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No bird brain here: Cockatoo makes his own tools

Tuesday 6 Nov 2012 4:03 p.m.

Figaro, the clever cockatoo (Photo: Alice Auersperg)

Figaro, the clever cockatoo (Photo: Alice Auersperg)

By Dan Satherley

A cockatoo in Austria has astounded researchers by not only using a stick to retrieve a cashew nut just out of his reach, but crafting his own tools to get the job done.

Figaro, a Goffin's cockatoo at the University of Vienna was first spotted playing with a pebble in his aviary. When he dropped it just outside the mesh of his enclosure, the quick-thinking parrot grabbed a twig and holding it in his mouth, fished it back within reach.

"To investigate this further we later placed a nut where the pebble had been and started to film," says lead researcher Alice Auersperg.

"To our astonishment he did not go on searching for a stick but started biting a large splinter out of the aviary beam. He cut it when it was just the appropriate size and shape to serve as a raking tool to obtain the nut."

She says it was already a surprise to see him use a stick as a tool, "but we certainly did not expect him to make one by himself".

"From that time on, Figaro was successful on obtaining the nut every single time we placed it there, nearly each time making new tools," says Auersperg. "On one attempt he used an alternative solution, breaking a side arm off a branch and modifying the leftover piece to the appropriate size for raking."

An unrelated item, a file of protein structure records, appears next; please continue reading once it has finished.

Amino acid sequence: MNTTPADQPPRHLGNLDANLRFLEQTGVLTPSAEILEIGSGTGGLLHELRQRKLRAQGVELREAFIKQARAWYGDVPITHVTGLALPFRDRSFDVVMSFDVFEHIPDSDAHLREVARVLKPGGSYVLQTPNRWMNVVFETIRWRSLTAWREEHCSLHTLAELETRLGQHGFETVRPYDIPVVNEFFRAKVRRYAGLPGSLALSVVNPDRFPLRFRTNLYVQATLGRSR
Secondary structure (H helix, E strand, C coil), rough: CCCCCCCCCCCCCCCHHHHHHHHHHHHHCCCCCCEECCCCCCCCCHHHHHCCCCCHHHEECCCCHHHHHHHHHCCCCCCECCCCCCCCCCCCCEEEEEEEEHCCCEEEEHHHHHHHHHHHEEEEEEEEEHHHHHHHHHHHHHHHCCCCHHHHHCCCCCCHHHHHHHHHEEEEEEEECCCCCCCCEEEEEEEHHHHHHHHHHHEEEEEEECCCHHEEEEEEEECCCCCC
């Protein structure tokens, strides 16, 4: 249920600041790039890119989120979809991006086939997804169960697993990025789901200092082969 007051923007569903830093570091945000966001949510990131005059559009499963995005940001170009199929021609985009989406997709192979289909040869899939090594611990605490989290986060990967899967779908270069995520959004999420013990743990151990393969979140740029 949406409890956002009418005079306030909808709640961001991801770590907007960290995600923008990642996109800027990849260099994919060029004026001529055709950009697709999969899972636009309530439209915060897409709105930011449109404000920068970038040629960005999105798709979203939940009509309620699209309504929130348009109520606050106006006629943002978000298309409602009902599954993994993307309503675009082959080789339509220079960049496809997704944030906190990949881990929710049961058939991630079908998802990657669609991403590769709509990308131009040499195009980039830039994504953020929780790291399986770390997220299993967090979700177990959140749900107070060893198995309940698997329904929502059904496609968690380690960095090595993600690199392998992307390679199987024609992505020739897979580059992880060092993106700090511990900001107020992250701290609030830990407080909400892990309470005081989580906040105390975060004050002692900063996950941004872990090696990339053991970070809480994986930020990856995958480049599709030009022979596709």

No other bird of his species – or any other parrot species – has ever been seen to make and use tools.

Alex Kacelnik of Oxford University says although bird brains aren't wired for making tools, Figaro's abilities show they can still improvise if they want to.

"Importantly, after making and using his first tool, Figaro seemed to know exactly what to do, and showed no hesitation in later trials."

Kacelnik has conducted previous studies on bird intelligence, and once observed a crow named Betty inventing a type of hook in order to retrieve food out of reach.

"We confess to be still struggling to identify the cognitive operations that make these deeds possible," says Kacelnik. "Figaro, and his predecessor Betty, may help us unlock many unknowns in the evolution of intelligence."

Details of Figaro's achievements are detailed in the latest issue of journal Current Biology.

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